EU Ambassador Gordon Sondland has provided an update to his testimony. He now says his recollection has been refreshed, and he remembers now that he communicated to Ukrainian officials that release of military aid was conditioned on President Zelensky announcing an investigation into Burisma, the company whose board Hunter Biden sat on. Is it possible that Sondland’s recollection on the quid pro quo is a good legal strategy? And will the rest of his testimony stand as others (including Sondland) testify in public? Speaking of: are all the witnesses now on the same about this quid pro quo and whether it was to squeeze Ukraine? Is any of this illegal? Impeachable? Wouldn’t it be smarter for Democrats to call this extortion or bribery, or something more in line with criminal statutes?Republicans are saying President Trump has a right to confront the whistleblower as his accuser and that the whistleblower should be cross-examined. Ken says that’s absolute nonsense, and not based in reality at all. Plus: The fight for President Trump’s tax returns gets closer to the Supreme Court. Is it likely the court will grant cert? Lev Parnas has lawyered up with a non-Trump lawyer and he says he’ll be complying with Congressional subpoenas. Does that mean he’s “flipped”? It looks like Michael Flynn is more formally angling for a presidential pardon. E. Jean Carroll is suing President Trump for defamation.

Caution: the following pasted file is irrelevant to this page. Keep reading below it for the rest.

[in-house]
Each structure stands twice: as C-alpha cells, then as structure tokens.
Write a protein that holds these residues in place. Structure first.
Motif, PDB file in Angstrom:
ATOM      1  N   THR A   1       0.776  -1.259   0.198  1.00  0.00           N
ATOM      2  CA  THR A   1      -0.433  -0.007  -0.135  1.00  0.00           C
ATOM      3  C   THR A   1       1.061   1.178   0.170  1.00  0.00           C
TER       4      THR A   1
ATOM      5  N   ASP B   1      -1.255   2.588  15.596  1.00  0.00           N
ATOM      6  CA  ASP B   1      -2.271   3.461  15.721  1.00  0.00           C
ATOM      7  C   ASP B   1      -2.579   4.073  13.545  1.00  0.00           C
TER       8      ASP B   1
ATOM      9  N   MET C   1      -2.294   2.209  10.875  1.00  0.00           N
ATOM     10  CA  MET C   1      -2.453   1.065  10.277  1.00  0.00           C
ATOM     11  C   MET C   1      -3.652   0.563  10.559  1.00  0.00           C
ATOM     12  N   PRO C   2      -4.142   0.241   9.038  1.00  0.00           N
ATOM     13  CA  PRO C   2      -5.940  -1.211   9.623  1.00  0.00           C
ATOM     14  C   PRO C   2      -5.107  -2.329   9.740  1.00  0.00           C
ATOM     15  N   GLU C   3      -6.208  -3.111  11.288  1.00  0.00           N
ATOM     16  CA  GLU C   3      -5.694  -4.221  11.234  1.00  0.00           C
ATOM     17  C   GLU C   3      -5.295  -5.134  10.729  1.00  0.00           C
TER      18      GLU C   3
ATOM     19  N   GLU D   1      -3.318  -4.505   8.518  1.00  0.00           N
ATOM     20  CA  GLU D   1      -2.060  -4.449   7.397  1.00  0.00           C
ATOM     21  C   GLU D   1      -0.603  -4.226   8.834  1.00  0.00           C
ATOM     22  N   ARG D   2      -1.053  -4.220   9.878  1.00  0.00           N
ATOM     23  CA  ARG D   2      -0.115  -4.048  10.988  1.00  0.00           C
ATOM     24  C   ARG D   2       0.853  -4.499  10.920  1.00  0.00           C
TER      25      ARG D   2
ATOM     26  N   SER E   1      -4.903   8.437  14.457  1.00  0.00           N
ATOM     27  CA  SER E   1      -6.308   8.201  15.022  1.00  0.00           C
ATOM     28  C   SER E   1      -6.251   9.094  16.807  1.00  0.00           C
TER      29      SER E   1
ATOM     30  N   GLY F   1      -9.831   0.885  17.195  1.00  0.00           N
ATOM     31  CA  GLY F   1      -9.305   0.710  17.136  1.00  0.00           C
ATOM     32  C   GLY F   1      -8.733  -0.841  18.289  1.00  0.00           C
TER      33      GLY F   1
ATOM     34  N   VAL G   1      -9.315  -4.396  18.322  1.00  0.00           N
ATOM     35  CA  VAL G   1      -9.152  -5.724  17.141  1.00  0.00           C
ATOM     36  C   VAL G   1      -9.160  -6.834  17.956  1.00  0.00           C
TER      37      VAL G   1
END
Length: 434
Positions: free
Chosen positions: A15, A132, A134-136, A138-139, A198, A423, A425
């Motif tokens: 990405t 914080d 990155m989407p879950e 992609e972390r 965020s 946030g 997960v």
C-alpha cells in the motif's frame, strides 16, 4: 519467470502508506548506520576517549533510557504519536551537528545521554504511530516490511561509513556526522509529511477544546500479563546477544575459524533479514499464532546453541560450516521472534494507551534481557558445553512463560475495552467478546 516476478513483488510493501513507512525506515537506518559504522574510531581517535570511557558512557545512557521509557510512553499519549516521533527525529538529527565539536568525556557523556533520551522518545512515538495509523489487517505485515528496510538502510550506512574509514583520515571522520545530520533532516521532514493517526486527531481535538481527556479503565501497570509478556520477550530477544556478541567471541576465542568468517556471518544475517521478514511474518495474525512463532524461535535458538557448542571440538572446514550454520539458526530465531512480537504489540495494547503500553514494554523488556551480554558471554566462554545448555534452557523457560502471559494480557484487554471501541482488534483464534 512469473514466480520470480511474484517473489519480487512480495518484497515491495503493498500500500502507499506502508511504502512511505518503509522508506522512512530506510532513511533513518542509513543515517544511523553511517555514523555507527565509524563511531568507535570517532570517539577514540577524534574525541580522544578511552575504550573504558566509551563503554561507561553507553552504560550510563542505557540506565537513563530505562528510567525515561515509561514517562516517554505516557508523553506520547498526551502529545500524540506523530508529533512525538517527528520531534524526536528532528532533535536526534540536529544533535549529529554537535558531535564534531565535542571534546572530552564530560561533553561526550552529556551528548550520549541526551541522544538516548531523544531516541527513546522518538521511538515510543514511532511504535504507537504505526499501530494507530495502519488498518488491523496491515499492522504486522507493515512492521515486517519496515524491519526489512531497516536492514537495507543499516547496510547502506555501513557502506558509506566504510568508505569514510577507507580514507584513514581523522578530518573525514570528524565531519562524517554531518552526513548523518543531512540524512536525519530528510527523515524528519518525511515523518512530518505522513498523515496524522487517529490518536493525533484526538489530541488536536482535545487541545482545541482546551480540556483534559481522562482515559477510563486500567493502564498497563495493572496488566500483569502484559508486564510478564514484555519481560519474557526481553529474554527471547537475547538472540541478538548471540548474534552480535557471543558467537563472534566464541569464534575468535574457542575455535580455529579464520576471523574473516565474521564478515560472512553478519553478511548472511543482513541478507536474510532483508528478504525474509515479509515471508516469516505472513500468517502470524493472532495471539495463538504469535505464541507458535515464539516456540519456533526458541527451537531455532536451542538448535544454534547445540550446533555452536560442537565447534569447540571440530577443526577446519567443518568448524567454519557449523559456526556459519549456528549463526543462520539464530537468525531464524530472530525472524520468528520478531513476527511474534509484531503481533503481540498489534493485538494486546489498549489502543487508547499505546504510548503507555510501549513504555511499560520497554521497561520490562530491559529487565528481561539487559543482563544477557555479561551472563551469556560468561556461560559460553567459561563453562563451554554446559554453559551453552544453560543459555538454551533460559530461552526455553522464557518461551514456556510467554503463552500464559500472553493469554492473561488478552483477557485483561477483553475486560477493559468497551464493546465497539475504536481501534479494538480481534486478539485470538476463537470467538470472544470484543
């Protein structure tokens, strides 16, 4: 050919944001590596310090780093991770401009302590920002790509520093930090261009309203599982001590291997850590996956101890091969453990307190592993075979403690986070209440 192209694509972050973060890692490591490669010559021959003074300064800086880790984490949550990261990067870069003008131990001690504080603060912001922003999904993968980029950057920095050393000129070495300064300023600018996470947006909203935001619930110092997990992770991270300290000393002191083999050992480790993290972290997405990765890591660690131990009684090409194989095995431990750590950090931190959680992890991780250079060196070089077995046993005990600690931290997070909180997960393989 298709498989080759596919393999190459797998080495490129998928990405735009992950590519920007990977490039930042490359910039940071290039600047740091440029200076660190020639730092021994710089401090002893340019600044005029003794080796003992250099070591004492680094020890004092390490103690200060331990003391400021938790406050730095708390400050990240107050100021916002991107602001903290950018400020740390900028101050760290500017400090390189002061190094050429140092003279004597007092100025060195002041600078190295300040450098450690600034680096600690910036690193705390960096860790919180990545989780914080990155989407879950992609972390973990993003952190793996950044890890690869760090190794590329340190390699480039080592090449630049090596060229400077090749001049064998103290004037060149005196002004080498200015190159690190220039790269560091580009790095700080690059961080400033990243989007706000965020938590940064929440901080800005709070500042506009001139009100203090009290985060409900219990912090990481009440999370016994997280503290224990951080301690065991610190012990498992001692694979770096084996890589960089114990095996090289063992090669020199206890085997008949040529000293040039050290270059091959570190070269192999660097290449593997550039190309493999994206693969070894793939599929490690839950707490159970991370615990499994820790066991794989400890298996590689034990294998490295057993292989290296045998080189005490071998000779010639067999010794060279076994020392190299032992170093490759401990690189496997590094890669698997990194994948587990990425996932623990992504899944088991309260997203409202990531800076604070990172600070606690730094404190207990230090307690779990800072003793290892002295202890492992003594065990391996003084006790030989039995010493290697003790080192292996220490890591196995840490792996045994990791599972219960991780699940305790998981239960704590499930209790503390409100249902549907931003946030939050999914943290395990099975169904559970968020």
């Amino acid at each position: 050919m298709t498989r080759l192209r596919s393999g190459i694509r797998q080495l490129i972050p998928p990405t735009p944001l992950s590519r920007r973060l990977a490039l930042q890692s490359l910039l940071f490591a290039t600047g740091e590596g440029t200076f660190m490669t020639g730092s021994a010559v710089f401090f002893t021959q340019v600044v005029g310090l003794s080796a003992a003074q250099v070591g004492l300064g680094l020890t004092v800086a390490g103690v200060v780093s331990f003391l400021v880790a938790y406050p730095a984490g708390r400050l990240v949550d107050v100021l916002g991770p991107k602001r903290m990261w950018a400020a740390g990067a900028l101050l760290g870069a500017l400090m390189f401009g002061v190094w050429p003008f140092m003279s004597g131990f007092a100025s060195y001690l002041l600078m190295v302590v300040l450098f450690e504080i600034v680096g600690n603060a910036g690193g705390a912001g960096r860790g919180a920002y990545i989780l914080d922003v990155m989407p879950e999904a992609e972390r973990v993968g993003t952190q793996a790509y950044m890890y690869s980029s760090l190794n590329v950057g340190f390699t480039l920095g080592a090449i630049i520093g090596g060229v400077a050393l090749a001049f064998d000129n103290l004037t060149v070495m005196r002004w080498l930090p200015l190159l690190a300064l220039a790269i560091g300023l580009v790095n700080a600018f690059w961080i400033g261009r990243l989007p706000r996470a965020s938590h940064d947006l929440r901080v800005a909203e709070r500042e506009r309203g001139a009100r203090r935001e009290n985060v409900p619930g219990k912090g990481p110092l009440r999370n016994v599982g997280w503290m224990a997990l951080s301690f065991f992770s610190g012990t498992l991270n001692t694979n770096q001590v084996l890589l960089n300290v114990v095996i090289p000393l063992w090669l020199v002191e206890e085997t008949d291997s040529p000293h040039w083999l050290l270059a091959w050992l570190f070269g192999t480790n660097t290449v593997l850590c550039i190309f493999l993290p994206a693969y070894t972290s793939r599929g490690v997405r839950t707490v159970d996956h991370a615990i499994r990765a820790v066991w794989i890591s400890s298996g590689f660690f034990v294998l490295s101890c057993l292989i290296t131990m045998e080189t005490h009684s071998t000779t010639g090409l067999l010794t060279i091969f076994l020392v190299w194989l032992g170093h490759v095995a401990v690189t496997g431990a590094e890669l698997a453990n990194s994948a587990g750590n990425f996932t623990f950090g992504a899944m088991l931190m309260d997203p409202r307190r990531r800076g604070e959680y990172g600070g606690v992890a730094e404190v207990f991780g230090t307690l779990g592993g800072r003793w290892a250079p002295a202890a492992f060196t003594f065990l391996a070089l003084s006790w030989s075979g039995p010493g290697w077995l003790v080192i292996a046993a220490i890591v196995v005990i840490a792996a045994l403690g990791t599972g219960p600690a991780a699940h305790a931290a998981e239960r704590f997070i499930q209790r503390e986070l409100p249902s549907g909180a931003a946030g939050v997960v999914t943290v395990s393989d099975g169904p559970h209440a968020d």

Fruit of the poisonous tree

Fruit of the poisonous tree

2019-10-3000:41:544